Different formulations of extreme metal provoke thrills (and chills) in different ways, but if we’re honest, thrill-seeking explains a lot of the genre’s attraction among fans. We want the jolt to the nerves, the punch to our pulse-rate, the feeling of wild freedom — experiences that are harder to find in other kinds of music.
It’s often difficult to explain these attractions to people who are unfamiliar with metallic extremity — especially when the excitement is provoked by sensations of unearthly, blood-freezing terror. And that is the kind of experience that the trans-Atlantic band Palus Somni excel at creating. Their music is electrifying, and it creates a sense of wonder, but it seems to draw its power from hideous dimensions that exist elsewhere from our earthly domain.
Palus Somni is a trio consisting of Stroda (known for this work on U.K.-based industrial/black metal act Decoherence), drummer Eoghan (who has worked with Akhlys and Aoratos), and vocalist Imber (from U.S.-based record label Noxial). Though we don’t know for sure how they chose the name of the band, a little researching reveals that Palus Somni (Latin for “marsh of dreams”) is an area of the Moon whose pallor is different from that of any other lunar terrain. If that is indeed the source of the name, it’s a fitting one, because their music doesn’t sound like it was sourced from this Earth.
The band’s debut album, Monarch Of Dark Matter, will be released by BlackSeed Productions on May 3rd, and today we premiere the record’s fourth track, “Sidus Ludoviciana” (a bit more research reveals that this is the name of a giant star in the asterism of the Big Dipper).
This new song assaults the mind with a roiling swarm of dissonant, poisonous riffage, heavy bass thrumming, and vibrant, clattering drums. As the timbre of the riffing rises and falls, it transmits intense sensations of cruelty and madness. When the drums begin blasting and the bass froths like superheated magma, cauterizing shrieks join the mayhem from a distance, and the collective sounds become an overwhelming storm of derangement.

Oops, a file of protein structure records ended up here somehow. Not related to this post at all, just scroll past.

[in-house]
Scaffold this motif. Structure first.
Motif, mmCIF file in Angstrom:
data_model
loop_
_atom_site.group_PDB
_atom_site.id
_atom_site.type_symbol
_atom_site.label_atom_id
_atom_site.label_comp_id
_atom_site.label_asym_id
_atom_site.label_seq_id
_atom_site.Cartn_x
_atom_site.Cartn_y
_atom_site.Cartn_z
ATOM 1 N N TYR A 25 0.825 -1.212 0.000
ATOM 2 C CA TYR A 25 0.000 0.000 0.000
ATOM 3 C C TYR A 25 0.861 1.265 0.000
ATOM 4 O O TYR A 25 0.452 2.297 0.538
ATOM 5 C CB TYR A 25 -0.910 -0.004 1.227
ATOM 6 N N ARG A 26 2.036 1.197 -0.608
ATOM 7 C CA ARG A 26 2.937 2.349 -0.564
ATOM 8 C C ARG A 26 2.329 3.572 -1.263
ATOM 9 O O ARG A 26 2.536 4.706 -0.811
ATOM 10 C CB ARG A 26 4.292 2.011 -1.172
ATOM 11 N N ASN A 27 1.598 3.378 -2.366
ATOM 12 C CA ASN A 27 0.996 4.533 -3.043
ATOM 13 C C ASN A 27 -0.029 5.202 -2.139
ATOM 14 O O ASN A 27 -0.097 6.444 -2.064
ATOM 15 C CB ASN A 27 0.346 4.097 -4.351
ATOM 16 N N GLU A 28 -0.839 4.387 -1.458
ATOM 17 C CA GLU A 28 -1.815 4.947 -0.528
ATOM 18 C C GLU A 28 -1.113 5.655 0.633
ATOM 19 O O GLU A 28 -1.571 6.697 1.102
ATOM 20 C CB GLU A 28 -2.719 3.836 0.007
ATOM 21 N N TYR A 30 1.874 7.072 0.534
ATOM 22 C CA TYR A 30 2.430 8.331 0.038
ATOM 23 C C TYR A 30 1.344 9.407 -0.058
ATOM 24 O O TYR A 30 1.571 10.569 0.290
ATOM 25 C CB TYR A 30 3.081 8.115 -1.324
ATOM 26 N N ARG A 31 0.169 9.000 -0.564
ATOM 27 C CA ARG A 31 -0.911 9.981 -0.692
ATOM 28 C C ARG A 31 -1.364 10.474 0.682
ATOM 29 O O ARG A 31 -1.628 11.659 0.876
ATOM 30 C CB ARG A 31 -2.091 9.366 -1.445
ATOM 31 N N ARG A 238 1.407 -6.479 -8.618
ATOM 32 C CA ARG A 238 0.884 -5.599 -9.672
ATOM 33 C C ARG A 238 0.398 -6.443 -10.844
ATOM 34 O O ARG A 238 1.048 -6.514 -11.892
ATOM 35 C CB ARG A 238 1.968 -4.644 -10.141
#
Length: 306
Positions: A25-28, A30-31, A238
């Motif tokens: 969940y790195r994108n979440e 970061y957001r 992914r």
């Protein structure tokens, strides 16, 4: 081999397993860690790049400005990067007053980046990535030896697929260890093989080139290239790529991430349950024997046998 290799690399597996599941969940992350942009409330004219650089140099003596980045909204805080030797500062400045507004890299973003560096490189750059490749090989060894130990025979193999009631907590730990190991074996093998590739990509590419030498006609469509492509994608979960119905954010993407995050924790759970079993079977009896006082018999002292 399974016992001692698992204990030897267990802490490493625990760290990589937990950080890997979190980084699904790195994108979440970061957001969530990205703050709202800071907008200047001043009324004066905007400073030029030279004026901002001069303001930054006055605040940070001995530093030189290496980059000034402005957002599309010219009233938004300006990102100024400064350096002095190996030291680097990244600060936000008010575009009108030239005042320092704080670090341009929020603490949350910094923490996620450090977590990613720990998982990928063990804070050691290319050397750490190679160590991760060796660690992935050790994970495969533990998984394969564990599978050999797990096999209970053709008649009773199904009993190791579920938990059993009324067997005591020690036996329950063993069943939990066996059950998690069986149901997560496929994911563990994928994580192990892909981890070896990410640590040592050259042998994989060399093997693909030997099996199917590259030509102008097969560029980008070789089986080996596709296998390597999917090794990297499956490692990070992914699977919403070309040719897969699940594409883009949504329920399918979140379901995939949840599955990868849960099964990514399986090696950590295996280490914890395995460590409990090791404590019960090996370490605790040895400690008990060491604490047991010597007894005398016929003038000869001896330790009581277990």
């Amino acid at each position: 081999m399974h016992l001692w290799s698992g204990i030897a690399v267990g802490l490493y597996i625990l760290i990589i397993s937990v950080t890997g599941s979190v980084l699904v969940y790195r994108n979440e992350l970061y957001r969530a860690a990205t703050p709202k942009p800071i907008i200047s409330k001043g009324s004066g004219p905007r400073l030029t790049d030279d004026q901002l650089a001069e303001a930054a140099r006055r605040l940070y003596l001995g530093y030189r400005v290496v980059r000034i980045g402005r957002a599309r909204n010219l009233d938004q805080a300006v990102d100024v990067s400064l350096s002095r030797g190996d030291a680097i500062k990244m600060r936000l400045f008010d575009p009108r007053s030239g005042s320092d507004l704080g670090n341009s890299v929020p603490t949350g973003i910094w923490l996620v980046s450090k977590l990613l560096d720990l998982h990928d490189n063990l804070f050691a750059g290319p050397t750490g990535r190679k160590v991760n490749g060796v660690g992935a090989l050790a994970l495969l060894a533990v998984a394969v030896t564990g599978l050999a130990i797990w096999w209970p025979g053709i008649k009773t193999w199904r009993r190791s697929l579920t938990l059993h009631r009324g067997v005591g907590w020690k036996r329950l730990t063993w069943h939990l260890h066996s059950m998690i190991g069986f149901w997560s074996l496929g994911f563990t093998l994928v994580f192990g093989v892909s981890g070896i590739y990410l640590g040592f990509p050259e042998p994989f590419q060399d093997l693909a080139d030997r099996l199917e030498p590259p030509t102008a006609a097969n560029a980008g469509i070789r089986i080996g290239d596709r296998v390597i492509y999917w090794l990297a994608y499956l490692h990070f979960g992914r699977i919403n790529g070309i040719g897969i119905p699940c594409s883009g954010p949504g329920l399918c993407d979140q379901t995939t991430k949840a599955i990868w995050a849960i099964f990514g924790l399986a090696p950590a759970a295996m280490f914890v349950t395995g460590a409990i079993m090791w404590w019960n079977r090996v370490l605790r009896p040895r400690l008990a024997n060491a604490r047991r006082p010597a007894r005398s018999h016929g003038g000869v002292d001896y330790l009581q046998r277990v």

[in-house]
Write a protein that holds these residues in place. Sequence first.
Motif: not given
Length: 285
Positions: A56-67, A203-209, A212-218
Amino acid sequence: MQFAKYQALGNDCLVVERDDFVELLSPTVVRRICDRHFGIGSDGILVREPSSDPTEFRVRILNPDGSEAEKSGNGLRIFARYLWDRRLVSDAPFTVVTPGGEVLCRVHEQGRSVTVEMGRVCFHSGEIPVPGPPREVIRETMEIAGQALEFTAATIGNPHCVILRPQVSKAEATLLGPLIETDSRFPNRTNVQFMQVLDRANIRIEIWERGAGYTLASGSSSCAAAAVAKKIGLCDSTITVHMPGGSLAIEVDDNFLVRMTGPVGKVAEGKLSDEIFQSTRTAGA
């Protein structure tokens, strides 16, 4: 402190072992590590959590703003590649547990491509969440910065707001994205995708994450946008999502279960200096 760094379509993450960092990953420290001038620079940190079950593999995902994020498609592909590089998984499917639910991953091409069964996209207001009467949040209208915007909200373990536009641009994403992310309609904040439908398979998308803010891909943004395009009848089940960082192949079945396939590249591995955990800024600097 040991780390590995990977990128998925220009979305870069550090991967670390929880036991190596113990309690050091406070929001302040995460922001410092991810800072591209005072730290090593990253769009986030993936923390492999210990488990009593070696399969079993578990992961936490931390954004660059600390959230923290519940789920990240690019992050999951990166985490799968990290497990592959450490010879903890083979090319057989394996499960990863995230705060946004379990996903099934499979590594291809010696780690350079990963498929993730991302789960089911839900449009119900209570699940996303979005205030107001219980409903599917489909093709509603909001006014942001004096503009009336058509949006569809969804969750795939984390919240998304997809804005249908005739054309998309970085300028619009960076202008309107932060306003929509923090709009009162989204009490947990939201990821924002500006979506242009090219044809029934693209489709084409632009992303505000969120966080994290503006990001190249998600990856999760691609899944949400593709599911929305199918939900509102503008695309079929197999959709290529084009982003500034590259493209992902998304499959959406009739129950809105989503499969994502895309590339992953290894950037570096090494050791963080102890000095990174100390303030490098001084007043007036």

All storms eventually abate, and this one briefly does so, allowing the otherworldly eeriness of the music to shine through (and the pulse of the bass to become even more prominent). Even when the torment and terrors of the music become dominant again, the chilling alien-ness of the atmosphere remains — though by the end you may find that you’ve become unexpectedly entranced by its horrors.
There’s one other track (“Unholy Cosmic Quintessence“) from Monarch Of Dark Matter already out in the world, and I’ll paraphrase what I wrote about it before: It creates a boiling miasma of intense and disturbing abrasion over drum-and-bass-work that sounds like mortar fire and machine guns. It’s a near-overpowering, all-enveloping assault that’s so demented and dissonant that it may put your teeth on edge, and so rhythmically destructive that you can imagine your home being shaken and blasted into rubble.
There comes a point when the guitar rings out in exotic celestial tones over the continuing upheaval in the low end, but then the song seamlessly transitions again into an extravagant maelstrom. There are again distant screams within the breathtaking berserker storms, so distant that it might even be your own feeble mind crying out in fear.
BlackSeed Productions will be releasing the album on LP and CD, as well as digitally, and pre-orders will be available soon.